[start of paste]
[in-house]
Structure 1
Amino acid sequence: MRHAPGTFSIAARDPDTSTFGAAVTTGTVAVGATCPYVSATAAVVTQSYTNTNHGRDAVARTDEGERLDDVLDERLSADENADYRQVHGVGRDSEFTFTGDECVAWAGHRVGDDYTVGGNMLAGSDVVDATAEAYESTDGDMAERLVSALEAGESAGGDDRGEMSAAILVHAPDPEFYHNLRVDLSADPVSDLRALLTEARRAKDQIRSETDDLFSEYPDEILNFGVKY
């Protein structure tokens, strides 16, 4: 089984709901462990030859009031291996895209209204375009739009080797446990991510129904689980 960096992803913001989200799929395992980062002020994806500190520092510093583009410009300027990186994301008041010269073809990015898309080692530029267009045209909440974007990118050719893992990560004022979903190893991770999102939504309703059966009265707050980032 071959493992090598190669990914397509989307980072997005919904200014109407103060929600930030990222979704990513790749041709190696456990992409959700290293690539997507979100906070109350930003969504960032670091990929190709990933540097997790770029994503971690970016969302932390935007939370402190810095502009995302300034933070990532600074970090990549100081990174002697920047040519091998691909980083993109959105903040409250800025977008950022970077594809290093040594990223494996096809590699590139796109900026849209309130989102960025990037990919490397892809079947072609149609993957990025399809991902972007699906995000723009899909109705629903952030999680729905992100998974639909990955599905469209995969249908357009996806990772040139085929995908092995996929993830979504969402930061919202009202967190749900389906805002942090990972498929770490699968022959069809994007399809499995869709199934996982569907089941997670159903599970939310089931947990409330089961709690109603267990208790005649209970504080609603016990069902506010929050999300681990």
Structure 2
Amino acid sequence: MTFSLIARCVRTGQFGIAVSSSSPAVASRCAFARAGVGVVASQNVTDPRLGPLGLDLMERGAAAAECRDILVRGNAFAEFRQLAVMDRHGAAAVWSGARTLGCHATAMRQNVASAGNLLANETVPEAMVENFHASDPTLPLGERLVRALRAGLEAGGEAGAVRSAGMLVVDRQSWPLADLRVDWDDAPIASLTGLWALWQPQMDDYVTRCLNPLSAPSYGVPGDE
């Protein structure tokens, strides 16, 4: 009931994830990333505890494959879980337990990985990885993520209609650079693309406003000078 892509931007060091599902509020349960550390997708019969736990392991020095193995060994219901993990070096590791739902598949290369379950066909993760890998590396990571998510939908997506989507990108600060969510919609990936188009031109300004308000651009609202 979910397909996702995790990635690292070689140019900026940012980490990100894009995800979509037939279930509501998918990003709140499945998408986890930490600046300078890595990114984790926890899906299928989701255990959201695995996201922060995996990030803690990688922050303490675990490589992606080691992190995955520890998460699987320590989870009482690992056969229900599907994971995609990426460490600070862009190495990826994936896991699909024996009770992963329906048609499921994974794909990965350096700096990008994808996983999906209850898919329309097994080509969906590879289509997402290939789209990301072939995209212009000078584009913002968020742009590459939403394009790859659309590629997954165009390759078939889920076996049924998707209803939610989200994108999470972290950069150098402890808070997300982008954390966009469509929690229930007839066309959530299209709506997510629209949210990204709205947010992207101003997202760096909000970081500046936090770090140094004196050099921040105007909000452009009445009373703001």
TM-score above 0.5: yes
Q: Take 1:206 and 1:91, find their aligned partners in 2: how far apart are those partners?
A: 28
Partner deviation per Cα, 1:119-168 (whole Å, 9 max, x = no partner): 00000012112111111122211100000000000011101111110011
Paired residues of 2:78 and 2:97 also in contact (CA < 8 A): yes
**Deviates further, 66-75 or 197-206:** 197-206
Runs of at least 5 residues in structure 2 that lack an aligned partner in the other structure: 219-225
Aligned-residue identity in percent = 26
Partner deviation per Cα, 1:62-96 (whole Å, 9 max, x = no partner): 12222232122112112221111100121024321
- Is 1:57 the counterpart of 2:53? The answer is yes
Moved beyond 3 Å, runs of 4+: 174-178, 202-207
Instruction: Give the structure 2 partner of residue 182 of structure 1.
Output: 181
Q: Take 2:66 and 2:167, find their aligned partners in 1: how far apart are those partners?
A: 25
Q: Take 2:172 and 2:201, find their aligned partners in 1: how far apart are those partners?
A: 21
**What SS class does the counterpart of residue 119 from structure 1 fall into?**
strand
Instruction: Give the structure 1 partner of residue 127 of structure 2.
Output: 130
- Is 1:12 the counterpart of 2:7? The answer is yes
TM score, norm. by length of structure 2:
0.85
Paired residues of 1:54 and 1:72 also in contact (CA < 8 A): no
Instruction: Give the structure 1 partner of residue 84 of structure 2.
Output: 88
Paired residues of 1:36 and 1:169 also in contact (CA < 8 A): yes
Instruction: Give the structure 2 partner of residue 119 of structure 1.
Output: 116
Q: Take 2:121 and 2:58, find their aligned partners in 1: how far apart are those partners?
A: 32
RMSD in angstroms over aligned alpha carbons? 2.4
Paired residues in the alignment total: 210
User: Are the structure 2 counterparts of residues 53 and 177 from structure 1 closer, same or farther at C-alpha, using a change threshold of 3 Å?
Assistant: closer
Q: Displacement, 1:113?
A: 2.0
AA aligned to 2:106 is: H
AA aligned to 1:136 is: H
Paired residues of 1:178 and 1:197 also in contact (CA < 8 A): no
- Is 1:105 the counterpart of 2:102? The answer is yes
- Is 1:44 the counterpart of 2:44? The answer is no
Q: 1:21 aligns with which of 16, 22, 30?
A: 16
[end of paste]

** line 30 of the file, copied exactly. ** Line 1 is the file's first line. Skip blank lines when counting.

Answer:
TM score, norm. by length of structure 2: